Treasuring the legacy of artisans in Holland and beyond

Some human enterprises seem to flourish over time. Compare today’s automobiles and cruise ships to horses and buggies or schooners a short century back. Contrast the miraculous medical treatments today with bloodletting or leaches of yesteryear. In winter, our foreparents ate parsnips and potatoes from a root cellar, but we take for granted the availability of tomatoes and melons in January.
Dale Wyngarden
Some skills of antiquity that once thrived and left enduring legacies around the world also fade as technology turns us in new directions. Think of the masses of artisans who throughout history have quarried, cut, and erected stone, and the monuments that we now travel the world to admire in wonderment.

Pyramids in Egypt, Stonehenge in England, the Temple Mount in Israel, the Acropolis in Greece, the Forum and Colosseum in Rome, Taj Mahal in India, the Great Wall of China, Angkor Wat in Cambodia, Chichen Itza in Mexico, Hagia Sophia in Turkey, and the countless ruins, monuments, palaces, castles, and cathedrals that flesh out our travel itineraries.

The architectural precision of ancient structures, sometimes linked to astronomical observations, amazes us. So also do the engineering skills that quarried, moved, and erected such massive amounts of stone. Until the age of steam, construction power came solely from man and animal. 

Appreciating local monuments

In Holland, we point with pride to the Tower Clock and several downtown buildings, along with Hope’s Graves Hall, built from Waverly Stone quarried from a long-forgotten pit on Waverly Road near the river. Hope’s majestic Dimnent Memorial Chapel is made of limestone quarried and transported from Indiana.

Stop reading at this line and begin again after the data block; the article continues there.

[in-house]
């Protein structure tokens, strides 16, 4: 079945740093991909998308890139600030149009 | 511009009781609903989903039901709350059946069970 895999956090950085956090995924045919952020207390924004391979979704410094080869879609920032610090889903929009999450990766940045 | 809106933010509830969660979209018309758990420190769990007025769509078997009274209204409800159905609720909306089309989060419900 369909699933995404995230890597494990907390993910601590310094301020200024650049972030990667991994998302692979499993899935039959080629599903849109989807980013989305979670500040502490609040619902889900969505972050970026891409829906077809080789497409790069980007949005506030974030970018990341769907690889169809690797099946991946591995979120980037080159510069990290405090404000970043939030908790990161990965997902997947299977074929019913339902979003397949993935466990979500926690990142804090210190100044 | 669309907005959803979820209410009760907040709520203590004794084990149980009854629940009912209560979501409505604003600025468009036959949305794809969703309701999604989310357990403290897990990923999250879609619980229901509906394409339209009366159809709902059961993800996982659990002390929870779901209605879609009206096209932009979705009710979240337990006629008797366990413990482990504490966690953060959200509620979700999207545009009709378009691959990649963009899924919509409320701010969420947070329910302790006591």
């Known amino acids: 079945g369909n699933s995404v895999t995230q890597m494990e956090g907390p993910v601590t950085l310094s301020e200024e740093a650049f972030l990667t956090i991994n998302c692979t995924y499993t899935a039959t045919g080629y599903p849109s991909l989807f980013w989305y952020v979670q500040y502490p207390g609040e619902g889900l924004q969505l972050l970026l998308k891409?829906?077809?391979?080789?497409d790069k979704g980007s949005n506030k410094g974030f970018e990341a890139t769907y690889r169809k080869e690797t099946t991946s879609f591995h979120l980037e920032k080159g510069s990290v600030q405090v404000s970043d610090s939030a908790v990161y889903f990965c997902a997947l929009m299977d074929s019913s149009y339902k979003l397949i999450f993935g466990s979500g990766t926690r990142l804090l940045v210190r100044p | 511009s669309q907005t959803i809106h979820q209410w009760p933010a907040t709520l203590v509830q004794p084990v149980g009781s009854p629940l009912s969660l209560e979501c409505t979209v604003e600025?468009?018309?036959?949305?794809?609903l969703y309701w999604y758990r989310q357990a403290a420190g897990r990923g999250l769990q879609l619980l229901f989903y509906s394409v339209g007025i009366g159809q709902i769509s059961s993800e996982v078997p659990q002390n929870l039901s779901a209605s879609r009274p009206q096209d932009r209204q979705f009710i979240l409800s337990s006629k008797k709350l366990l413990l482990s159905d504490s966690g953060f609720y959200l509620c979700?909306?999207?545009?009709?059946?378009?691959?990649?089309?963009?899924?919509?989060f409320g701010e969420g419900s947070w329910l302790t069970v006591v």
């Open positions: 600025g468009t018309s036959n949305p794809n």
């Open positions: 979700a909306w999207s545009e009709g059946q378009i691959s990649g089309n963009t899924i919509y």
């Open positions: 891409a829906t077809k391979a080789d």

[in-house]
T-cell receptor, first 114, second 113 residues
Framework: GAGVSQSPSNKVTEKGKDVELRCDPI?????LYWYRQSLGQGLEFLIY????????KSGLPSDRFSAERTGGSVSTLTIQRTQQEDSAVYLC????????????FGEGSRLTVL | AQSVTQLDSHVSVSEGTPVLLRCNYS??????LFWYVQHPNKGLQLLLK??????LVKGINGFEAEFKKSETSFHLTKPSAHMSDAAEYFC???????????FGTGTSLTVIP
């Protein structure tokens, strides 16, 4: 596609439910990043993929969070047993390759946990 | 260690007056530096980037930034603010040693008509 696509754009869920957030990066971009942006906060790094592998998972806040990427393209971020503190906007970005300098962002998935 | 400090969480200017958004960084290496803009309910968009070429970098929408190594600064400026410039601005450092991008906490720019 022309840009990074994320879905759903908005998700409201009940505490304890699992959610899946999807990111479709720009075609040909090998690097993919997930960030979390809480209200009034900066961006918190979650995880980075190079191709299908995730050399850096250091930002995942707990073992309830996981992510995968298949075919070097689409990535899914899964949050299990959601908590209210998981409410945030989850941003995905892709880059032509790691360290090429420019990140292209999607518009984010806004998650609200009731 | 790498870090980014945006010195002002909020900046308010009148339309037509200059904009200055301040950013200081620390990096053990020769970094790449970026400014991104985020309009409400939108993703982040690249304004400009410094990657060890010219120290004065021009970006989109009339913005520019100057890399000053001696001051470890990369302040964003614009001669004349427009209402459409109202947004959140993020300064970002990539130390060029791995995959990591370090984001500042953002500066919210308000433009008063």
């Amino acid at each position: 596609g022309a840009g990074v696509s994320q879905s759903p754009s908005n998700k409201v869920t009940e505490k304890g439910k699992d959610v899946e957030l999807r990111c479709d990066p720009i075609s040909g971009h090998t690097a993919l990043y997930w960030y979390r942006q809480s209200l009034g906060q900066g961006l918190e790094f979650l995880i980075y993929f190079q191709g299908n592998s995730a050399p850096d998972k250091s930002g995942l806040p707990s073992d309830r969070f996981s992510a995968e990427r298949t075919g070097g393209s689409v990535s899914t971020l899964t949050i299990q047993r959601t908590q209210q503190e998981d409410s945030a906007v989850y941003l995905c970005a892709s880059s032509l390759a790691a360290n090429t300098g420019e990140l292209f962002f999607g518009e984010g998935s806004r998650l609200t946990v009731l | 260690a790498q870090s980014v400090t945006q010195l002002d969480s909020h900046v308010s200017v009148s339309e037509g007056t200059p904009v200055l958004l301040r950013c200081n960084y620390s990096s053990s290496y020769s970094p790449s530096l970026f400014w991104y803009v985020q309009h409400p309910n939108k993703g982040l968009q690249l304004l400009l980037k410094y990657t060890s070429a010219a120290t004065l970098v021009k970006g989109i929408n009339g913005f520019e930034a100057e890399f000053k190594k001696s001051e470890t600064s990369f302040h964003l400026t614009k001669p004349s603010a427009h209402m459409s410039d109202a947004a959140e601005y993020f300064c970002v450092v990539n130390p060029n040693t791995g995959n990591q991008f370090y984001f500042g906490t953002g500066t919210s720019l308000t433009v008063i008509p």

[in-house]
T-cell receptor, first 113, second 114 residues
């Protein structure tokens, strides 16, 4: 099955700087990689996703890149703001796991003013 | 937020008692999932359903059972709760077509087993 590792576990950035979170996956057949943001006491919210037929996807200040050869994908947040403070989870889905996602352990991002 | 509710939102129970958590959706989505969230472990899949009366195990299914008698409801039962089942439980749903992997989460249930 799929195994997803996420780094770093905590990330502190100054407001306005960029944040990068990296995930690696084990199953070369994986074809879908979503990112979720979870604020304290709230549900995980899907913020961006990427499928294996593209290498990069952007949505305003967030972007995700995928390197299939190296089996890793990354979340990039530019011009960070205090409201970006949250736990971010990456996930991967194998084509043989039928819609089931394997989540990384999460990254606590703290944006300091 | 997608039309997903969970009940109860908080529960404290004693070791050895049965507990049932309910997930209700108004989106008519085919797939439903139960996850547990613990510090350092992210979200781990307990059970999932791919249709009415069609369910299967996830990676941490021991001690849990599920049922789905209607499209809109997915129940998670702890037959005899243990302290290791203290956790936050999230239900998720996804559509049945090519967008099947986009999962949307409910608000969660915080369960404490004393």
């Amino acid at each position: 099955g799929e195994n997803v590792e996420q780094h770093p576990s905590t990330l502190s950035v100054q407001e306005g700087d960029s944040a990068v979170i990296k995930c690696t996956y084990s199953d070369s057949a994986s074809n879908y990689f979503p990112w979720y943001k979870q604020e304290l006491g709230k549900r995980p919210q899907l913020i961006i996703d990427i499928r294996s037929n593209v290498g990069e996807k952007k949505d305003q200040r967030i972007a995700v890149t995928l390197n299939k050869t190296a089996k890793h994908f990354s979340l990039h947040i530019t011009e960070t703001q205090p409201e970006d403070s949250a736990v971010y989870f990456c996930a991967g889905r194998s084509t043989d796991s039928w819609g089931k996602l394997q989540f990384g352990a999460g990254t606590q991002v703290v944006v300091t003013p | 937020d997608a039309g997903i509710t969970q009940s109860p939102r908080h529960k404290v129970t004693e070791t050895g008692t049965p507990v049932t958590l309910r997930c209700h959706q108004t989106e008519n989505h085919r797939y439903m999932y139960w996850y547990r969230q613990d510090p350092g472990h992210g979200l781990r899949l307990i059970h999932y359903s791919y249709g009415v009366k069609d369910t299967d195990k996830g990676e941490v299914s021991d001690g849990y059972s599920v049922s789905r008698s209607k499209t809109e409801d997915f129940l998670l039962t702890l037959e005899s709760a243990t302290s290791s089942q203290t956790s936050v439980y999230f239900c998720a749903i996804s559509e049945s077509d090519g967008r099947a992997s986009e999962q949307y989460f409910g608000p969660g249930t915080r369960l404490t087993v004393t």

Closely akin to stone construction is the art of masonry. The farmlands around Holland are peppered with brick farmhouses made from red and buff bricks produced by the local Veneklasen Brick Co. between 1850 and 1920. Designs are creative, intricate, and the handiwork of true artisans, not mere bricklayers.

A day away, the village of Calumet in the Upper Peninsula is a treasure trove of beautiful brick and stone buildings. Its population today is less than 800, but at the peak of copper mining, it served as the urban hub for over 30,000 people. Along with the Welsh, Cornish and Finnish miners, immigrants included Italian stonecutters who brought their craft and left their legacy. Calumet alone is worth a trip to the UP. Everything else along the way is a bonus.

As cities grew and buildings reached ever higher, stone construction reached its limits in Chicago’s historic 1891 Monadnock Building. At 16 stories high, the 18-inch-thick blocks on top floors needed 6-foot-thick stone walls on the ground floor to support the building’s massive weight. Just the previous year, the first steel-framed building was also constructed in Chicago. The era of steel, allowing virtually limitless building height, soon overshadowed construction with stone.

In awe of collaborative skills

Symphonies, books, or sculptures are identified by the name of the composer, author, or sculptor. Temples, cathedrals, palaces, or monuments are collaborative efforts by architects, engineers who quarried and transported massive stones, stonecutters, and master builders. We are awestruck not by a solo effort, but by the collaborative skills of hundreds or thousands of artisans that created monumental and enduring works.

Photographic and video imagery of antiquity lets us explore vicariously what we can't see in person. But the ability to travel has also allowed many of us to experience personally some of the wonders of the past 3,000 years carved in stone. In both respects, we are blessed.

Whether looking at a brick farmhouse on the outskirts of Zeeland or St. Peter's Basilica in the Vatican, we admire the legacy of artisans that designed, cut, and erected stone with such amazing artistry. Modern construction is also amazing in its own respect, but the magnificence and endurance of stone and brick structures are never-ending sources of awe and gratitude.

Dale Wyngarden worked for the city of Holland for three decades, much of that time overseeing the Planning and Development Department during the revitalization of the downtown. Now happily retired, he spends his time writing and gardening. 
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